Fiddler on the Roof Facts!
Posted on 12/08/2019
State Theatre New Jersey is proud to present the national tour of Fiddler on the Roof. December 20-22 will be a weekend filled with four showings of this beloved musical. Below are some fascinating facts about this heartwarming show:
1. The first draft of the show was called The Old Country—other working titles included Tevye, Not So Long Ago, Not So Far Away, and Where Poppa Came From.
2. It's widely known that Fiddler on the Roof is based on Sholem Aleichem's stories, but did you know that the real name of this "Jewish Mark Twain" was Solomon Naumovich Rabinovich? His pen name Sholem Aleichem literally means "peace be with you."
3. Composer Jerry Bock and lyricist Sheldon Harnick originally wanted to write a musical based on Aleichem's Wandering Stars, about a traveling Yiddish theater company. "It would have to had 40 minor characters on stage and it was just too big," Harnick said in an interview. They settled on the Tevye the Dairyman stories instead.
4. The title of the musical and Boris Aronson's set design for the original production are based Marc Chagall’s painting “The Fiddler.”
5. The first person cast in the show was Austin Pendleton. Pendleton, who played Motel the tailor, would later go on to be a notable director and actor.
6. There were many changes made to the script as the production got rolling. For example, Tevye's first number, "What a Life," which was sung to his horse, was replaced with "If I Were a Rich Man."
7. Fiddler on the Roof held the record for the longest-running show on Broadway for 10 years, when it was surpassed by Grease.
8. When Fiddler on the Roof premiered in Poland in 1985, the show's authors donated their royalties to preserving the country's Jewish monuments.
9. Joanna Merlin, who originated the role of Tzeitel, was cast in the show on November 22, 1963. She came out of the theater to learn that President John F. Kennedy had been shot.
10. According to Pendelton, director Jerome Robbins finally staged "Tradition" in the middle of the final week before they were set to leave for their Detroit tryout. It only took him an hour and a half to stage it.
11. Paul Lipson clocked over 2,000 performances in the role of Tevye. His first performance in the part was during the pre-Broadway Washington, D.C. engagement.
12. In 1965, Fiddler was nominated for 10 Tony® Awards: Best Musical, Best Book of a Musical, Best Performance by a Leading Actor in a Musical, Best Performance by a Featured Actress in a Musical, Best Producer, Best Director, Best Composer and Lyricist, Best Choreography, Best Costume Design, and Best Set Design. It won nine (all but Best Set Design).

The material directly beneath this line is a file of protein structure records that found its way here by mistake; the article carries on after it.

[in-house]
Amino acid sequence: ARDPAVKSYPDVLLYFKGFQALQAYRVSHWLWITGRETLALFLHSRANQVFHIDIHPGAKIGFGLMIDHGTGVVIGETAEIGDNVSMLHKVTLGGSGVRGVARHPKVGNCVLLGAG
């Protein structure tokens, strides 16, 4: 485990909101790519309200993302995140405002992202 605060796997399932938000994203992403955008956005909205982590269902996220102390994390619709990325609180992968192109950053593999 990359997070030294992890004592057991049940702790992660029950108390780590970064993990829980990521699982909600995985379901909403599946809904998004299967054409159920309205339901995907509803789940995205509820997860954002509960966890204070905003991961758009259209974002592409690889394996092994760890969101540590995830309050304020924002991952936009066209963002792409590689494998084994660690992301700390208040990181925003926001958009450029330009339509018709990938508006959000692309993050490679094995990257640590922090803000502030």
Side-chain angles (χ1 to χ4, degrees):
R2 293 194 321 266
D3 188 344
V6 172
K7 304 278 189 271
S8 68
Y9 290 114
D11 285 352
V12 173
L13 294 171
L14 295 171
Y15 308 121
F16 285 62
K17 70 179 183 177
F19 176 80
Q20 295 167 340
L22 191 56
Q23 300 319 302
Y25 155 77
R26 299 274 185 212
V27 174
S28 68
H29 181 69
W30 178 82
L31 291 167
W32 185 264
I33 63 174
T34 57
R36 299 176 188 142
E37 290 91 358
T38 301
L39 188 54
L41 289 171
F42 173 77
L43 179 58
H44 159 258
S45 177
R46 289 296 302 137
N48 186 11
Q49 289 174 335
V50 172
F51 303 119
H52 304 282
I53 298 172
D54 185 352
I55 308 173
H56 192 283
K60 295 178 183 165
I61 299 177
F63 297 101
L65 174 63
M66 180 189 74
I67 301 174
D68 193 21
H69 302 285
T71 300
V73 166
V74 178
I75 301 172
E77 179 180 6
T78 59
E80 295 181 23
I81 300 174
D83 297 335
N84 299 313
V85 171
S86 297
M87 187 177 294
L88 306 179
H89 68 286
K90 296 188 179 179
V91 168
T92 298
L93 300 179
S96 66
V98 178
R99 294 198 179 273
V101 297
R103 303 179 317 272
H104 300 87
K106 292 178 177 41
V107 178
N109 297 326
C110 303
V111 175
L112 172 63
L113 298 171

13. No one mentioned Zero Mostel in their Tony® acceptance speeches. When Mostel went up to accept his award, he said, "Since no one else has thanked me, I will thank me.”
14. Fiddler on the Roof premiered in Tokyo on September 6, 1967—it has since been mounted in Japan more than 1,300 times.
15. The iconic violin solo in the film was played by renowned violinist Isaac Stern.
16. United Artists was contractually obligated to ask Robbins if he wanted to direct the film version. The director, who was wary after the conflicts that arose during the filming of West Side Story, turned the offer down.
17. Frank Sinatra’s agent called director Norman Jewison to try to get his client an audition, but he didn’t envision the crooner as a Jewish milkman.
18. Three villages in Yugoslavia were transformed into Anatevka for the film.
19. Richard Dreyfuss, Rob Reiner, and John Ritter auditioned for the role of Motel, but were passed over for Leonard Frey, who had played a small role (Mendel, the rabbi's son) in the Broadway production. He was nominated for an Oscar® for his performance.
20. Of the film’s major reviews, eight were favorable, six were negative, and two were mixed, according to the American Film Institute. The movie cost nine million dollars to make and grossed $50 million in its initial release.
21. Fiddler was nominated for eight Academy® Awards in 1972, winning three: Best Cinematography, Best Sound, and Best Scoring: Adaptation and Original Song Score. The French Connection beat it for Best Picture.
22. There have been six Broadway productions of Fiddler on the Roof to date. The original 1964 production ran for 3,242 performances; the 1976 production ran for 167 performances; the 1981 production ran for 53 performances; the 1990 production ran for 241 performances; the 2004 production ran for 781 performances; and the 2015 production ran 431 performances.
23. In 2007, Time magazine ranked Fiddler on the Roof the seventh most frequently produced musical in American high schools.
24. Translated into Spanish, Un Violinista sobre el Tejado premiered in Panama’s National Theatre of Panama in October 2012, featuring Aaron Zebede as Tevye.
25. The final script of Fiddler on the Roof is dedicated “to our Fathers.” Producer Harold Prince said later that the show was “clearly conceived” by Stein, Bock, and Harnick “as a kind of valentine to their grandparents.”
By Victoria Wetmore